Andrew Royall, whose UK firm Eclectic Home Technology has handled a good bit of work on yacht integration, sums up the marine segment thusly:
“This world is completely different, but it’s exactly the same.”
“It has its own language,” Royall explains. “It has its own support network. It has its own requirements. It has its own foibles, but fundamentally it’s a television on a wall, a CCTV camera, it’s a music system. So it’s everything that everything that an integrator does, but turned up to 11 and done on a different planet.”
If an integrator is interested in tackling seafaring projects, there are a few things to know out of the gate. Some are pretty obvious: You’ll need to be familiar with marine-grade gear, and you’ll need to be comfortable working in extraordinarily tight quarters. Space is nearly always at a premium in these projects. “You’ve got to use racks that can pull out for service,” notes Stephan Goodhue of New Zealand’s Liquid Automation.
“You’ve got to understand how much heat is going to be generated and how it can be dissipated.” And don’t forget that the structure you’re integrating is going to be moving, says Goodhue: “When you finish a house, it doesn’t sail offsite and go bashing into waves.”
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Additionally, these vessels are often chartered: That means that any kind of user interface has to have the same level of flexibility and simplicity that one might find in solutions similar to those in the hospitality industry.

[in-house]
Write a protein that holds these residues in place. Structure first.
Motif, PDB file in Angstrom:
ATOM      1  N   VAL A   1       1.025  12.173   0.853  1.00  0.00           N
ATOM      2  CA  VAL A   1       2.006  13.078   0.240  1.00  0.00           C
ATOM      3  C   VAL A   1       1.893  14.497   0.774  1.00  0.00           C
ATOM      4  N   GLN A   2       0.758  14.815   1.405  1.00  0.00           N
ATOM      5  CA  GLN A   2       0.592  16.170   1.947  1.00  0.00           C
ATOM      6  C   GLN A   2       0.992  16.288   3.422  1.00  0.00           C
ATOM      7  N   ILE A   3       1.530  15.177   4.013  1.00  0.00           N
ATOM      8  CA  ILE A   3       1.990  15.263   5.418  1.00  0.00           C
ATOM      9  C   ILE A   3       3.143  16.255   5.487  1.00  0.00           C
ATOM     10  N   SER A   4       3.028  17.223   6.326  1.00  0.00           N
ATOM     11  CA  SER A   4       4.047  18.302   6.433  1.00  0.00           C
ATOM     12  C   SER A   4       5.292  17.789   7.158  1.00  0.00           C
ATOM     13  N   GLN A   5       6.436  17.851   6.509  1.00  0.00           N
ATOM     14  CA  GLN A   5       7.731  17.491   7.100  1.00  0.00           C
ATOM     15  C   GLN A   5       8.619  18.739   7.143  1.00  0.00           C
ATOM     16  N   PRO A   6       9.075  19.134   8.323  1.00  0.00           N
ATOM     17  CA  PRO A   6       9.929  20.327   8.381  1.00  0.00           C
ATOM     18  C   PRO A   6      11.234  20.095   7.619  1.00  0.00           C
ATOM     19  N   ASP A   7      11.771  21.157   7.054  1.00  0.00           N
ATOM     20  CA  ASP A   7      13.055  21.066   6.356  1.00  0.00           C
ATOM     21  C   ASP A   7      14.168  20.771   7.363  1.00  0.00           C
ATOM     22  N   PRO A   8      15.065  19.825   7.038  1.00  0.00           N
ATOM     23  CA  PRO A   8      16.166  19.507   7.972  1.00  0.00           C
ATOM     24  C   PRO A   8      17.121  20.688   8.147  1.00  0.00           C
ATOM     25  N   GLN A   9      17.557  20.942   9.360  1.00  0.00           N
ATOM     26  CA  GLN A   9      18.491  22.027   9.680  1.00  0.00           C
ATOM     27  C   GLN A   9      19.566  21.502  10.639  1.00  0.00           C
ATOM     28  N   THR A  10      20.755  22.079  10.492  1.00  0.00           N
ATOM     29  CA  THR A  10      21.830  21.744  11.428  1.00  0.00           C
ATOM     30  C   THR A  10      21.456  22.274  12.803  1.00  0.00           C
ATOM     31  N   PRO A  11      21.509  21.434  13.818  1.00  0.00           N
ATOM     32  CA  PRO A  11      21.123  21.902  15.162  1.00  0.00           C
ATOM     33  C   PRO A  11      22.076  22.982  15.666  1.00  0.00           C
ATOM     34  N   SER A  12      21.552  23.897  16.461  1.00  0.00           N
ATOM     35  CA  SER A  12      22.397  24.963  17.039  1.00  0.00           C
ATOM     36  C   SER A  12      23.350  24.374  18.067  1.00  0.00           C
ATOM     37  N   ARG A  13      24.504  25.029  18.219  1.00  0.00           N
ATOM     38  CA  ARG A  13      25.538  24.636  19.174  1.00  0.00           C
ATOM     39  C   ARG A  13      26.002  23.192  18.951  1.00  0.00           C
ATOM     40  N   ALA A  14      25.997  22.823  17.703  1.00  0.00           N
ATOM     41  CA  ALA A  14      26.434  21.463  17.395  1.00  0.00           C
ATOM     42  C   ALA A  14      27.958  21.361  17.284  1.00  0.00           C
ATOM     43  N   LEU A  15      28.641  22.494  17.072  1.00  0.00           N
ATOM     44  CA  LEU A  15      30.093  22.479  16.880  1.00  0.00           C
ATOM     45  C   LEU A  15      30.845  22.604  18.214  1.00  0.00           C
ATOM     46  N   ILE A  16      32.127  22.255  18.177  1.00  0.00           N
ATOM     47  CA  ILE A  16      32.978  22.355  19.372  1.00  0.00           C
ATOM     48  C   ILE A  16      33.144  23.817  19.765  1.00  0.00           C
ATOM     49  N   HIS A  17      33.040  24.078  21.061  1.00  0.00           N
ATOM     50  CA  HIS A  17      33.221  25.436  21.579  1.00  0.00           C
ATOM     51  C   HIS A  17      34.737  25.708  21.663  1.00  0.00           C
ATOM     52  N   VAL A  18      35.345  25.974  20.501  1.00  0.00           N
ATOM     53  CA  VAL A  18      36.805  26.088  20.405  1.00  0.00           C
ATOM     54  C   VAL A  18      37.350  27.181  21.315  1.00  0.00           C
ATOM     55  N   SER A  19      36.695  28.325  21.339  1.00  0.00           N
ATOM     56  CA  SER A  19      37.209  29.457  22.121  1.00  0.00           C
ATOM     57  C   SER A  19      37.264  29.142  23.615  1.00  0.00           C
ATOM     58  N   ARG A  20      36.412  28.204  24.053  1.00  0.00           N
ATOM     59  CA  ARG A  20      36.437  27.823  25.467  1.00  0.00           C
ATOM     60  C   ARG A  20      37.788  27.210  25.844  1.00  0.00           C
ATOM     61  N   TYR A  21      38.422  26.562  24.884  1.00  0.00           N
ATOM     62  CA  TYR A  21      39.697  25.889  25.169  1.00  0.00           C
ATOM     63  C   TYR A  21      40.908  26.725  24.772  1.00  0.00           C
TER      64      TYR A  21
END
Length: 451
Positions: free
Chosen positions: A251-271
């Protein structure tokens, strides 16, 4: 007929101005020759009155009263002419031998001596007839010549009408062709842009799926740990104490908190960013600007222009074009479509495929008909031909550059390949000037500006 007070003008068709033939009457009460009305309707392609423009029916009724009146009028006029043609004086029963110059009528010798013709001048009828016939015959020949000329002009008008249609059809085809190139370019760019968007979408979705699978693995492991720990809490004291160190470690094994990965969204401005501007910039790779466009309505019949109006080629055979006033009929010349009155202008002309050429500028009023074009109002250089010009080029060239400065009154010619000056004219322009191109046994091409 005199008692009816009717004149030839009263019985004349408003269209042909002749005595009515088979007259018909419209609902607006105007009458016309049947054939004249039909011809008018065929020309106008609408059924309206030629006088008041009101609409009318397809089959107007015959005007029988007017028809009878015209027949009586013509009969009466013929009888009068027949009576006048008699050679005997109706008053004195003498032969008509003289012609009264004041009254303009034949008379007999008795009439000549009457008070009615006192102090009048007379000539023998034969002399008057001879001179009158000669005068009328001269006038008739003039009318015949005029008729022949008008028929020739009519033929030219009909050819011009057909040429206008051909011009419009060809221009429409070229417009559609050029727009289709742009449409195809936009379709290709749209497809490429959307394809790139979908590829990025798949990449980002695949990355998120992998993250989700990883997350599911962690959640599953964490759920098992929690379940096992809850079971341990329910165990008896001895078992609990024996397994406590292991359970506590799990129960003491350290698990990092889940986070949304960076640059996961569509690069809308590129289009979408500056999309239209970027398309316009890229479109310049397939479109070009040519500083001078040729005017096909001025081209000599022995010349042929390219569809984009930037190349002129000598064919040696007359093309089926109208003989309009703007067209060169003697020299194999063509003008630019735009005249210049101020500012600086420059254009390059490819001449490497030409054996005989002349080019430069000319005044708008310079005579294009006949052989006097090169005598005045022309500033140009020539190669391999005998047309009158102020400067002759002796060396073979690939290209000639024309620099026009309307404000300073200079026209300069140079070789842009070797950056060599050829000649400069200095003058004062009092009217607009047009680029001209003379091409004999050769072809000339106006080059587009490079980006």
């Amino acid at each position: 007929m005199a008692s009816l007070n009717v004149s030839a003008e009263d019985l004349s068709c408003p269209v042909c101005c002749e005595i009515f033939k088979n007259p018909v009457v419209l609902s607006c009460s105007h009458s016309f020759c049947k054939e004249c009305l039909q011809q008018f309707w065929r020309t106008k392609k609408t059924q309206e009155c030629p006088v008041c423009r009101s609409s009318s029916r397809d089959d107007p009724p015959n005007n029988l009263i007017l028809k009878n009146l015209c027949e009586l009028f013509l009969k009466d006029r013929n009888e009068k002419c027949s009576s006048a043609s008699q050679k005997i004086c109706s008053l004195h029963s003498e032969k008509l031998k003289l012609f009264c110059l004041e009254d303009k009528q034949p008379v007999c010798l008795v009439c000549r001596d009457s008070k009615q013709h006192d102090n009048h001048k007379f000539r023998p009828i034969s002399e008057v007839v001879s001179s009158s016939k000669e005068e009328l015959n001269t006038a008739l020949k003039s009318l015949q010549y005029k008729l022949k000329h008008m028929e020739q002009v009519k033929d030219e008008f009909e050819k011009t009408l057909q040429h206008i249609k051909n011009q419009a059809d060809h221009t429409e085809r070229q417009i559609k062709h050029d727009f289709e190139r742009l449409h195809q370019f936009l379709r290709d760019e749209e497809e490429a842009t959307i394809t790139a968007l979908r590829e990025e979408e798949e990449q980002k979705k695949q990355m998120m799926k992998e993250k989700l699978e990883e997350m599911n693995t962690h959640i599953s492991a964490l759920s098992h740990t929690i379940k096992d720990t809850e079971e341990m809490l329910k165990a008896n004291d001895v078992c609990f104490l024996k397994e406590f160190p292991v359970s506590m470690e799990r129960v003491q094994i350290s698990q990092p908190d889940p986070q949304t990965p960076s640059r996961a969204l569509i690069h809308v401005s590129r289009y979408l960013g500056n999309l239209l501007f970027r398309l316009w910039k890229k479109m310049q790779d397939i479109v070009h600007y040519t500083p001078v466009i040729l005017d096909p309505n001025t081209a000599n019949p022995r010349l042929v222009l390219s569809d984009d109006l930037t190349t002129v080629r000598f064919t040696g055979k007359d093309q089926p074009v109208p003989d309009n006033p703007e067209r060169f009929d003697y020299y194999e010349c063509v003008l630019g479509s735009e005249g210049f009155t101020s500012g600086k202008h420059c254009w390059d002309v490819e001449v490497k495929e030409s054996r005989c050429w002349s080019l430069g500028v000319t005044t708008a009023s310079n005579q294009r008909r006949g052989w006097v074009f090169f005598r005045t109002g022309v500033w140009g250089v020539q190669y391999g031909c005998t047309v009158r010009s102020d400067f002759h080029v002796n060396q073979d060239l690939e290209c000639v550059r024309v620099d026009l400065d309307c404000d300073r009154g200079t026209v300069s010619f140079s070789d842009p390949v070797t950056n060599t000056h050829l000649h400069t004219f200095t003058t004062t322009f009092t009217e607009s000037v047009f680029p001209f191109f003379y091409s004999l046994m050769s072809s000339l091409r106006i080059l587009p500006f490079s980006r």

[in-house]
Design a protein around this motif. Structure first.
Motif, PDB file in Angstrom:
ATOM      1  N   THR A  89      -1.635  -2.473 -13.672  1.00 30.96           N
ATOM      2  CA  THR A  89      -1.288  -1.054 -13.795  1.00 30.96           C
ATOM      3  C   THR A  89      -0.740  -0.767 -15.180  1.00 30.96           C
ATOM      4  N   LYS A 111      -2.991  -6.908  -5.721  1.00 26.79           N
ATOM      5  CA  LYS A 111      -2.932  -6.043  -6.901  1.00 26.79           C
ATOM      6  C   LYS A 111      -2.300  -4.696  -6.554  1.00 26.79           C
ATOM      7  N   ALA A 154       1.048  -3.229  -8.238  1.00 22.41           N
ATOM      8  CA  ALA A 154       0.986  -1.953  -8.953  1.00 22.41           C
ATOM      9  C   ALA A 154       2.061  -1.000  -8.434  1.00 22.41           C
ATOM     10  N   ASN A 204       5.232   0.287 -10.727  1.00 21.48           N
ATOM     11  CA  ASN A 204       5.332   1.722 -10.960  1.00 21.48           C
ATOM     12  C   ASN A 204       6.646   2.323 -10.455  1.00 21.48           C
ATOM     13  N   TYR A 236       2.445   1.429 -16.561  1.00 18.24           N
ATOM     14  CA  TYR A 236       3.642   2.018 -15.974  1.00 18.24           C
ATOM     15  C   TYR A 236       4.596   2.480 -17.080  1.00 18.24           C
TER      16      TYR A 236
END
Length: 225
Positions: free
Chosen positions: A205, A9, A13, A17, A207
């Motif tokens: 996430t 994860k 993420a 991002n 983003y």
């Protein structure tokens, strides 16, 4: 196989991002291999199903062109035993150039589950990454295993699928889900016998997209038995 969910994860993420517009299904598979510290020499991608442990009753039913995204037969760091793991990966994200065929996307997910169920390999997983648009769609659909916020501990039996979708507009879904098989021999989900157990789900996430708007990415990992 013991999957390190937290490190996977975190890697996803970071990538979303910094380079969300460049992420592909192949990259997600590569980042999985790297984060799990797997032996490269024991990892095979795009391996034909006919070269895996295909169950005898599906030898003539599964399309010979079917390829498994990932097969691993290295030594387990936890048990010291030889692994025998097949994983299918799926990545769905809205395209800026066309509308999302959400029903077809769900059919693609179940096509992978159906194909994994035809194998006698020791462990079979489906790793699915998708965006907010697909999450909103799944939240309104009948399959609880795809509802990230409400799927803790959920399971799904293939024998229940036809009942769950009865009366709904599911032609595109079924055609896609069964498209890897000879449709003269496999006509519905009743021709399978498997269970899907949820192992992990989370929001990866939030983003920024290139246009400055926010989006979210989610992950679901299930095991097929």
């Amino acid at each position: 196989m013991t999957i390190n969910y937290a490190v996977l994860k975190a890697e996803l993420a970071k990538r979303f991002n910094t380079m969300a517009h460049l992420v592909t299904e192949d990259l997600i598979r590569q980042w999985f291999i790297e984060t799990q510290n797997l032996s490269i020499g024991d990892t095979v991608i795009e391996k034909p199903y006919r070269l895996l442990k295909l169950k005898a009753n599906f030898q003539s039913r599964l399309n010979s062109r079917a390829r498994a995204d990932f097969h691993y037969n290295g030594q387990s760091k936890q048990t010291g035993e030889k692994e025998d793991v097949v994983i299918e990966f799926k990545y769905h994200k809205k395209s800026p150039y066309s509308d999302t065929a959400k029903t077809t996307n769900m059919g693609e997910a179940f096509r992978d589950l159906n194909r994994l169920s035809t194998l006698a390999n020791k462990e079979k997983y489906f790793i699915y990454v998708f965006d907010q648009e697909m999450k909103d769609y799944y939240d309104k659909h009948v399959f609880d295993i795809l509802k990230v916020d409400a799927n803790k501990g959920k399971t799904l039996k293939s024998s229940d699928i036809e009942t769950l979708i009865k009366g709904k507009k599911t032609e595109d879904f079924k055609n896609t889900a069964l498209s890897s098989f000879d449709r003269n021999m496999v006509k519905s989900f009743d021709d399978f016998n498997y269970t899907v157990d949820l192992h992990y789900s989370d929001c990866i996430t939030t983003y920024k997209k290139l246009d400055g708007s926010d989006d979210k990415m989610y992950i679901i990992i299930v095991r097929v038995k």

Remote Challenges of Marine Integration
Beyond terrific UI design, remote access to troubleshoot a moving target is key – and that presents another universe of issues, not the least of which is internet speeds that can vary from place to place. “It’s a matter of factoring the lowest common denominator,” says Royall. “The people who are chartering these vessels are spending a fortune, and they have no patience for any failure of any kind.”
This means that a great working relationship with the crew is critical. And among those who man these yachts, there’s often a key point of contact. “A key differentiator between a yacht and a house is that you’ve got somebody that’s actually on board as the chief engineer, who’s actually pretty good at what we do anyway,” says Royall.
“They’re a jack-of-all-trades, but they are a fairly safe pair of hands to get in and roll up their sleeves and do some of the more simple patches. And they’re willing to do it because it’s in their interests to keep their yacht rolling at one hundred percent.”
Another consideration: While power stored aboard in batteries is fairly easily controlled, and while firms like Liquid Automation can separate power supplies for the audio-visual systems from, say, navigation or security systems, a vessel in port will be plugged in locally. Bruce Cox of Liquid Automation explains: “Europe is fairly standard. But then if they’re heading off to America or heading off to the Caribbean, then you get some other sort of interesting funky anomalies along the way.”
These are discussions that involve the tradespeople who are either building or retro-fitting the vessel: The folks at the shipyard. “If you’re planning on leaving your yacht in Europe the whole time, great,” Cox continues. “If you’re going to take it to different voltage countries, maybe we need to have a bigger, better conversation with the shipyard as to how we manage that.”
Goodhue adds that the conversation about different ports of call extends to entertainment solutions: “We are we certainly going to need to have to have a conversation about how we manage your television signals as you move from place to place as well.”
Ed Wenck is the content director at CEDIA.
Projects pictured by Liquid Automation. Photos by Serena Pearce / Code Lime Photography.